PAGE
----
Tuesday, November 17, 2015

The grades don't go with them, the learning does.

"At the end of the year, the grades don't go with them...but the learning does."

Recently, at a building meeting, I made this comment. It was meant to be a jumpstarter to conversation among professionals. It challenged some and certainly resonated with others. It meant nothing more than my personal feeling about what we needed to provide our 7th and 8th grade students before they left our building for the high school. I've challenged teachers to think about their instruction in ways that they've never thought about it before. We've worked together to implement more digital-age skills into the curriculum and daily teaching practices. I like the risks that I am seeing some educators take. But is it enough?

This truly came full circle for me yesterday when I heard Heidi Hayes Jacobs (@heidihayesjacob) say "What if we were held accountable to innovation in schools?" YES! Too often we stifle the innovative minds of our students (and our teachers in some cases) because of routine. Assigning a grade at the end of the unit, going from period 1 to period 2, etc., giving a report card at the end of the marking period 1 or 2 or 3 or... This year my wife and I are now able to access our 5th grade son's grades online. Such a bad idea for me...I have found myself more focused on his grades this year than his learning simply because I can use an app to see his grades. I have found myself fall into the trap of asking "How did you do on your test?" rather than "What did you enjoy learning most? Why?"

I'm not necessarily advocating for getting rid of these things, but if we cast aside the focus on grades and earning points (after hearing a group of 8th grade students ask the teacher this afternoon "How many points is this worth?") we truly free our classrooms to focus on teaching and learning and innovation. I look forward to the challenge of leading a building that is free to create and innovate and focus on improving the craft of teaching.

I REALLY look forward to asking my son what is the most interesting thing you read today or what challenged you most in math this week. Those answers don't have a letter grade attached to them.

Monday, September 28, 2015

The next step in my professional learning

A few months ago I embarked on a journey to begin teaching again...  

No, I didn't leave administration to go back to a high school social studies teaching position.  Now I am an adjunct professor through a local college that is offering a Master's cohort in our school district.  

The course, Contemporary Issues in Education, is the same course that lead me to leave the doctoral program I was previously enrolled in.  I'll go down that path again someday, but now the timing is just not right.

With this new journey, I've found something that I didn't realize I was missing...the opportunity to teach, to lead other professionals in their learning.  This gave me the chance to be relevant.  See the professor of that doctoral class was not that - relevant.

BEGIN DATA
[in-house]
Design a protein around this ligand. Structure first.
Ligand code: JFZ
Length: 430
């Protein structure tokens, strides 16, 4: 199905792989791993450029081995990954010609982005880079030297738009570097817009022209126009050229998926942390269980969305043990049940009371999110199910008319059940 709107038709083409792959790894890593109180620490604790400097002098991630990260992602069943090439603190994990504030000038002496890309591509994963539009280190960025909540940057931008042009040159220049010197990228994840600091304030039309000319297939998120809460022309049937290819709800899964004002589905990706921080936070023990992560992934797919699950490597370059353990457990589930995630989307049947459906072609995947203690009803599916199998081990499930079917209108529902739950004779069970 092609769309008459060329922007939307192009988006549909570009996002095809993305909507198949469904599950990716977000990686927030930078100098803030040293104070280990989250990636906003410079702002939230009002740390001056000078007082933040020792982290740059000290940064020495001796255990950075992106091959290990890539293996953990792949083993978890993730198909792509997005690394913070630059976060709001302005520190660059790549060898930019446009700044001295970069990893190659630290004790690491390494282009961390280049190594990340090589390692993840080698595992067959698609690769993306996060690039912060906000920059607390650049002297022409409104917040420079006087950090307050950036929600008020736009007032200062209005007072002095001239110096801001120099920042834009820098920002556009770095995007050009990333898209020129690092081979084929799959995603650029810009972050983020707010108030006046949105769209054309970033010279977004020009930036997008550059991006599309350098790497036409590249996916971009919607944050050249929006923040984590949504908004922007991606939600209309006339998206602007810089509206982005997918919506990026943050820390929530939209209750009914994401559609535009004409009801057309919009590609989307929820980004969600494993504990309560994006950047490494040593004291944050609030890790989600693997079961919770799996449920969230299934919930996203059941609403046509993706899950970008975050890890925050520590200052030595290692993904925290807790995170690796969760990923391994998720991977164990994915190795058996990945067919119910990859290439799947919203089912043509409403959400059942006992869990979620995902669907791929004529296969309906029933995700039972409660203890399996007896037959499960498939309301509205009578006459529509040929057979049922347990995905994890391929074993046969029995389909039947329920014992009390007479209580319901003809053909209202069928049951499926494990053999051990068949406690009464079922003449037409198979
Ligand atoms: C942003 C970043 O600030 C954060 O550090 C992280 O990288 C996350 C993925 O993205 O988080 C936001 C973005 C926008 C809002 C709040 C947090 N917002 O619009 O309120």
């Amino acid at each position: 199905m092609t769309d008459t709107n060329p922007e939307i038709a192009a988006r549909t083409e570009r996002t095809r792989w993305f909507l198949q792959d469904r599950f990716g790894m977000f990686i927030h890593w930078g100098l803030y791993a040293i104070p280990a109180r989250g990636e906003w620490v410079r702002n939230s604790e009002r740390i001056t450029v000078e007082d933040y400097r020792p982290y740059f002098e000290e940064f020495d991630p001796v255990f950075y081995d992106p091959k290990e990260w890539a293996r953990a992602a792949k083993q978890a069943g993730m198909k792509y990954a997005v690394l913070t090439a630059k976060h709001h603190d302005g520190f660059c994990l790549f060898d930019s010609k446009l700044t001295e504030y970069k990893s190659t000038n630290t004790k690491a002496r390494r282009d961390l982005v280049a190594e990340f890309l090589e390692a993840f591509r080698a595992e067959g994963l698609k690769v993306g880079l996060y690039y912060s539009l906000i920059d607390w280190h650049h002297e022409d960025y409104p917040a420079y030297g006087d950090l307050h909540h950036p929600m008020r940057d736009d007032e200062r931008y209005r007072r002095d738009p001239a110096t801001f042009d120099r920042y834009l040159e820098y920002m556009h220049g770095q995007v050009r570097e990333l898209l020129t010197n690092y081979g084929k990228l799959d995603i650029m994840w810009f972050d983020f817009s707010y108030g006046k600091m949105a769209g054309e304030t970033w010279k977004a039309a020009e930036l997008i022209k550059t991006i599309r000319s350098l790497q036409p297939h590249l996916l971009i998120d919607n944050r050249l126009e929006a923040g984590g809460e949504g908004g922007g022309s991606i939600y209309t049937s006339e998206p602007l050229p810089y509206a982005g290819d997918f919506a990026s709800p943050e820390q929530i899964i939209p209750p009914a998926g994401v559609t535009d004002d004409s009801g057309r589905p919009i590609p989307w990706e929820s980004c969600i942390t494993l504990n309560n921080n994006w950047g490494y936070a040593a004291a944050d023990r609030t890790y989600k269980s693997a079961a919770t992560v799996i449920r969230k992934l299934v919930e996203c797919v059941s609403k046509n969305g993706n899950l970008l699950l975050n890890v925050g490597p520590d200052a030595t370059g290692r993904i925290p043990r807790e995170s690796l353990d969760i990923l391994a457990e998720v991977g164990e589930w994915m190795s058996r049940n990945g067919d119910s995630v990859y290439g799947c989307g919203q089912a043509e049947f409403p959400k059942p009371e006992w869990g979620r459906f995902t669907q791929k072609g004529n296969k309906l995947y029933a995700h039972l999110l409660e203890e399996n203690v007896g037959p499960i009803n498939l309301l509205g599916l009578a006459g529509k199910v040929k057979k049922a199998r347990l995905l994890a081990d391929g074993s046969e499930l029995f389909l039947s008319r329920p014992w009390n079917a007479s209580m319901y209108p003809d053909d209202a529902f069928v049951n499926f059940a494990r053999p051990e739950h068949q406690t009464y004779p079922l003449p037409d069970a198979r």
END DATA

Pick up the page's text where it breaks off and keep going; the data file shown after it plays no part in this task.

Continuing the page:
He is a great story teller.  Just not a practitioner that challenges my thinking or helps me grow professionally.

Here is my chance to shape students' minds in a completely different way.  For that I am truly excited...

Monday, February 9, 2015

So, how's it going?

Nearly 6 months ago I wrote the following...
Today we opened school.  We welcomed students.  Finally.  After several weeks of uncertainty, confusion, flailing about, laughing and honestly, nearly crying...the students arrived.BEST. DAY. EVER.  I have to admit...I felt pretty good today.  I also was fairly nervous to start the day.  But they came to school, opened lockers (some better than others), ate lunch, saw their friends/classmates, had an assembly, and went home.700+ lunches served, 48 buses in, 48 buses out, 1 student missed the bus...NO SCHEDULE PROBLEMS!!!
That's the management part of the the real question, "Did we do enough to ensure that they WANT to come back tomorrow?"  Here is what I saw in classrooms...

  • Adults making relationships with kids
  • Teachers sharing their Twitter, Instagram, Remind usernames (no students actually following or liking)
  • Students excited to go to lunch
  • Seating charts, assigned seats, awkward looks from a boy to a girl and vice-versa
  • Humor
  • Worksheets, worksheets, worksheets
Did we do enough to convince them that it will be an enjoyable YEAR?  We only have one chance to make a first impression...what is the forecast?  Dark and stormy OR Bright & sunny.  If the forecast isn't favorable, what are we going to do to change it?

So how are we doing?  Do our students enjoy their learning experience?  How are we using social media to "tell our story" of learning each day?  What's the forecast for tomorrow? Are we student-centered or ME-centered?  Are we still using too many worksheets/packets? (We have run out of paper twice this year already!)
It's not too late to make sure we have positive learning experiences for the rest of the it?

Friday, January 30, 2015

No Office Day at RLASD


via Storify -- January 30, 2015 at 03:38PM